On Rejecting Atheism Because You Don’t Like Atheists

Chris begins an otherwise interesting reply to my post on Jon Stewart’s views on religion with this puzzling remark:

Well I agree with Stewart’s statement to a degree, you can be a good person without faith, I know several aethists who are not the sterotypical ahole. I guess this comment is more of a bouncing off of ideas.

Personally I’ve tried to become an aethist, but what has always stopped me is aethists themselves.

Wait a minute, stop right there.  Being an atheist is a matter of thinking it more likely that there are no gods than likely that there are any gods.  That’s it. It should have nothing to do with the “atheists themselves.”  If you find atheists’ arguments unpersuasive, then don’t agree with them.  If you find the arguments of deists, pantheists, monotheists, pantheists, personal God theists, Christians, Jews, Hindus, Muslims, Scientologists, etc. more philosophically persuasive, then by all means agree with them.  But “the people themselves” in any camp are irrelevant to the metaphysical questions of whether or not there are any gods or whether there is one or two or any other number of gods, etc.

The only relevance of the behavior of people to their beliefs about the existence or nature of a god or gods arises when the content of people’s beliefs entails as a logical implication certain dissatisfied expectations for behavior.  If someone makes a claim that there is the sort of god, for example, who transforms people morally as a consequence of his salvation, then the persistent ordinariness of morality or the increase of particular vices among those who claim to believe in and have been saved by that god is relevant.

But where there is a belief in a god or gods or a disbelief in a god or gods that makes no particular promises about an improved personal morality stemming from the belief, then whatever you think about the personalities or moralities of those believers or disbelievers should be irrelevant to your conclusions about the nature or existence of a god or gods.  Atheists make no promises that the very non-existence of all gods will be somehow evidenced by atheists being peachier people than everybody else.

So, in short, either you believe in a god or gods based on philosophical and/or scientific and/or “theological” reasons or you do not.  And that should be all that’s necessary to determine whether you are an atheist.  Even if you found that you loathed all your fellow atheists as arrogant, impolite, intellectually irresponsible, or even downright immoral people, this would all be irrelevant to the question of whether or not you have good reasons to believe in a god or gods.  Similarly, either you find the preponderance of your available evidence and capacities for logical inference lead you to theism, pantheism, monotheism, polytheisn, pantheism, animism, or deism, or by default you accept your atheism and take it from there.

Now, there’s nothing inherently wrong with offering good reasons not to be an atheist based on the substance of the philosophical position and available refutations you think you have for the position.  And there’s nothing inherently wrong with calling yourself an atheist while criticizing the other beliefs of other atheists which you disagree with.  You can also join the ongoing conversation in the growing atheist subculture about what tactics politically, socially, and intellectually are most commendable or most problematic.  You can devote lots of energy to persuading your fellow atheists to reconsider particular of their views on religion or on what their atheism entails or what their politics should be, etc.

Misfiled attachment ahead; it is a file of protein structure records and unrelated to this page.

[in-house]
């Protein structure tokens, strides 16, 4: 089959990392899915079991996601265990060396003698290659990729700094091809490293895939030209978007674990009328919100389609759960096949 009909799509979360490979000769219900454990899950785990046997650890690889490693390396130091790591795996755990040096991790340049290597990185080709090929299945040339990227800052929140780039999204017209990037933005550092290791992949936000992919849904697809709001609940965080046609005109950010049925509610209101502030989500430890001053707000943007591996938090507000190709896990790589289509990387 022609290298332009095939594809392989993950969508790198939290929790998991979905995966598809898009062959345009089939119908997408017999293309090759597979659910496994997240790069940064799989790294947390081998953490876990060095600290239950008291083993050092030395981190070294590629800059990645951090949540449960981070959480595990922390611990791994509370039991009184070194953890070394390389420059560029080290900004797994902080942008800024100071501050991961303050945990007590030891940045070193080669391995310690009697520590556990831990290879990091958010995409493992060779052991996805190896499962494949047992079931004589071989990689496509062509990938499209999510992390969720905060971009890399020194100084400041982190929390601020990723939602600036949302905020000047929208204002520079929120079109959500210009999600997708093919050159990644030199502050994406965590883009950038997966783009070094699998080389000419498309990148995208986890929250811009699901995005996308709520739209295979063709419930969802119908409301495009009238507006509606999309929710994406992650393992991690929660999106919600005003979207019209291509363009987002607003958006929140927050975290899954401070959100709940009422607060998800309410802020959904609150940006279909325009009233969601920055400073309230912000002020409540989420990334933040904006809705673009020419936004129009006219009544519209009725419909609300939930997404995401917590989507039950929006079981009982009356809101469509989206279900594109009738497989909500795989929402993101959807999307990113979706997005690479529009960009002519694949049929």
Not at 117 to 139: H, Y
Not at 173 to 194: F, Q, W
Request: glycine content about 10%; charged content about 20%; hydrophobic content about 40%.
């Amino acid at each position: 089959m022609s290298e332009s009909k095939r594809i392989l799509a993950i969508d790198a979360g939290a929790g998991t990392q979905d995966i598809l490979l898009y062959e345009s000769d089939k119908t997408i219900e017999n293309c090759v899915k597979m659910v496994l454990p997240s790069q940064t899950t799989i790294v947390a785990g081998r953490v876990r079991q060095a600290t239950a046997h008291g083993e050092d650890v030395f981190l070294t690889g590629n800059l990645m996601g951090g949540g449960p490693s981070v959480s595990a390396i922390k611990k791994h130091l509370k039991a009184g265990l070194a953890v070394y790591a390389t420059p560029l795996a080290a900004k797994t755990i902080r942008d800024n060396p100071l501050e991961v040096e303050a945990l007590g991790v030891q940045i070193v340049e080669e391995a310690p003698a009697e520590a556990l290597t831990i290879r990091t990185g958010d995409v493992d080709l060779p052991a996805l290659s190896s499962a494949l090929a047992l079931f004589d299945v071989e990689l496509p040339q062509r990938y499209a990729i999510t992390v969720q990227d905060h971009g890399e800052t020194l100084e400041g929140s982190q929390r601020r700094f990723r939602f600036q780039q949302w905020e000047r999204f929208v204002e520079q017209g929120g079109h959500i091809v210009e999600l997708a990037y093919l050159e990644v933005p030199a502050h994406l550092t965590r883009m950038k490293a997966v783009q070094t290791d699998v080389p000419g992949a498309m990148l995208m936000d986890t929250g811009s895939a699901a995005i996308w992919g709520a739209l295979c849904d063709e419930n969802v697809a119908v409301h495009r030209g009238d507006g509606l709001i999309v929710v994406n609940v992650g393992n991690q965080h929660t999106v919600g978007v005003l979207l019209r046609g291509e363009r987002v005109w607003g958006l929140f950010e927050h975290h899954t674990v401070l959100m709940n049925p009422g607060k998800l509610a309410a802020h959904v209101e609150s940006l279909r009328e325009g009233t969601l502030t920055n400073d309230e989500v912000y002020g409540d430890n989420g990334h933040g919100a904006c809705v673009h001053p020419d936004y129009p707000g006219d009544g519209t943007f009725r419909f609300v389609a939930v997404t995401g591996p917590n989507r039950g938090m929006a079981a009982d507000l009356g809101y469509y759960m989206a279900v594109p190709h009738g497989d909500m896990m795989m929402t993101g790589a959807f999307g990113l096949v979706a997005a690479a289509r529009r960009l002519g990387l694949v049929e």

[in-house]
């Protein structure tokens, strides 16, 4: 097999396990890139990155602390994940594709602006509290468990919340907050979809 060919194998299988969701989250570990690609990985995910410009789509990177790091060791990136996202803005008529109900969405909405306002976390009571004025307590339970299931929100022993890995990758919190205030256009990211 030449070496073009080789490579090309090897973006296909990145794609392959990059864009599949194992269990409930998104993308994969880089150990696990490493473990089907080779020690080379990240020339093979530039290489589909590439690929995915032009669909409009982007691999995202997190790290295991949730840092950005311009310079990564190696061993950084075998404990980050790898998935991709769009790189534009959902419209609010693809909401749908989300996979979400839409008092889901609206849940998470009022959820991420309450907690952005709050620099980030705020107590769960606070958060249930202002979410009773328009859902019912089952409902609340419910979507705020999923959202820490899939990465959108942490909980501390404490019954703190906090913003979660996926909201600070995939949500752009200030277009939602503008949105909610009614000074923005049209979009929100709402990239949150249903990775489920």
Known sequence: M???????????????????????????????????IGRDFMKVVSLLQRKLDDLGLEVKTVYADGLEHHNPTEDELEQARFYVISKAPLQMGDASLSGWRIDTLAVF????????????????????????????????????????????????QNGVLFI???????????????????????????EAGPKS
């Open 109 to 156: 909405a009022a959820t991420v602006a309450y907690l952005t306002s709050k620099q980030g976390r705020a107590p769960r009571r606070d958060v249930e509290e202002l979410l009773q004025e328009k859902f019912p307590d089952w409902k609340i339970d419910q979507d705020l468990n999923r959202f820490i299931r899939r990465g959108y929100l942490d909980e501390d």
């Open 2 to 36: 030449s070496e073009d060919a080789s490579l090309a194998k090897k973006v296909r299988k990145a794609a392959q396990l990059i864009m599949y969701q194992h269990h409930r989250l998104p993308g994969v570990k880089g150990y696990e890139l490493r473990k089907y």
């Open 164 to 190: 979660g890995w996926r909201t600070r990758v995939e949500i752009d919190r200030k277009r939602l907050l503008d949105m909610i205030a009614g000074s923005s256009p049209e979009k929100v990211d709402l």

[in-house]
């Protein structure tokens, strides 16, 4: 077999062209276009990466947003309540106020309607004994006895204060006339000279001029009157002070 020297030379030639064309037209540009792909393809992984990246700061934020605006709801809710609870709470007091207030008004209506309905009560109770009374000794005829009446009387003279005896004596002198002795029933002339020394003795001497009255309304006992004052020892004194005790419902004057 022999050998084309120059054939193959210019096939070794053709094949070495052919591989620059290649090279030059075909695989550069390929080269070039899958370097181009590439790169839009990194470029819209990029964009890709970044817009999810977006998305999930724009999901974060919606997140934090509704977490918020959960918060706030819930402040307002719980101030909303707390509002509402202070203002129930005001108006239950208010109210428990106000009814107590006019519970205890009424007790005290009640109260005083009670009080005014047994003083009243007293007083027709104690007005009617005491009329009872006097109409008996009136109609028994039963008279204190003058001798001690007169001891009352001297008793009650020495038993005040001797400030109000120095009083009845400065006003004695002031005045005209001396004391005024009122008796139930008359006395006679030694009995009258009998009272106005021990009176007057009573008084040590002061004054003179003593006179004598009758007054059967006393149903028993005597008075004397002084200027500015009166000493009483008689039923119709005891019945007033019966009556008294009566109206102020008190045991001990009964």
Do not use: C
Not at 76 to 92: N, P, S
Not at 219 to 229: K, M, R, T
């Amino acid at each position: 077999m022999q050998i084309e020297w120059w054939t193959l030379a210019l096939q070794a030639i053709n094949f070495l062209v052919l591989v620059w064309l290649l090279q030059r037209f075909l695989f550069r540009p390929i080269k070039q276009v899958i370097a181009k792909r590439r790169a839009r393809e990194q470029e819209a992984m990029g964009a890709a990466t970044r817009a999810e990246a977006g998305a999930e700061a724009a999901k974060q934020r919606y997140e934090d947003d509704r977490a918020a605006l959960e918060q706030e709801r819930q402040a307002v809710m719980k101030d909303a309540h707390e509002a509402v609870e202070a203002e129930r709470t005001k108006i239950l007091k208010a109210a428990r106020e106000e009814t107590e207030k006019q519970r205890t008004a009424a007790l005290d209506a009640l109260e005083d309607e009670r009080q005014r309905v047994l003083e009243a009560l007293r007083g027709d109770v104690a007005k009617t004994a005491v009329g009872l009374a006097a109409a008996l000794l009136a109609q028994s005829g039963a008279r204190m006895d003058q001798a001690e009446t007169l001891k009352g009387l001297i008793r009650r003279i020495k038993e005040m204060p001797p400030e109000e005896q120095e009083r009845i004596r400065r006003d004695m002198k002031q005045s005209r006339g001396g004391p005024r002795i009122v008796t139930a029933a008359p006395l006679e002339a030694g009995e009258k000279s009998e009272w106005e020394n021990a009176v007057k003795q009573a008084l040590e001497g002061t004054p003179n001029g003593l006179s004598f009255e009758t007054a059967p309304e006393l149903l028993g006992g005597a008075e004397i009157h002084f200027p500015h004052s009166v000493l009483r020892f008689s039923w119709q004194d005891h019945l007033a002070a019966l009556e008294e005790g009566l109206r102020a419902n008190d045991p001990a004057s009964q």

Atheists are not a monolithic group, precisely since all one has to do to be an atheist is believe in no god or gods and you qualify as one of us.  If from there you want to criticize a large segment of atheists for other incorrect beliefs they have, then you’re more than welcome to, just as having any other view in common with some one individual or group entitles you to disagree with that person or group on any number of other particular points.

I take the rest of your comment to switch from this irrelevant reason not to be an atheist (that you don’t like people who happen to be atheists in your experience) to a more potentially helpful critique of prevalent tactics, attitudes, and temperaments among the internet atheist subculture.  So, tomorrow morning, I will post my reply to those criticisms you have laid out in the rest of your comment.

In the meantime, Your Thoughts?

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About Daniel Fincke

Dr. Daniel Fincke  has his PhD in philosophy from Fordham University and spent 11 years teaching in college classrooms. He wrote his dissertation on Ethics and the philosophy of Friedrich Nietzsche. On Camels With Hammers, the careful philosophy blog he writes for a popular audience, Dan argues for atheism and develops a humanistic ethical theory he calls “Empowerment Ethics”. Dan also teaches affordable, non-matriculated, video-conferencing philosophy classes on ethics, Nietzsche, historical philosophy, and philosophy for atheists that anyone around the world can sign up for. (You can learn more about Dan’s online classes here.) Dan is an APPA  (American Philosophical Practitioners Association) certified philosophical counselor who offers philosophical advice services to help people work through the philosophical aspects of their practical problems or to work out their views on philosophical issues. (You can read examples of Dan’s advice here.) Through his blogging, his online teaching, and his philosophical advice services each, Dan specializes in helping people who have recently left a religious tradition work out their constructive answers to questions of ethics, metaphysics, the meaning of life, etc. as part of their process of radical worldview change.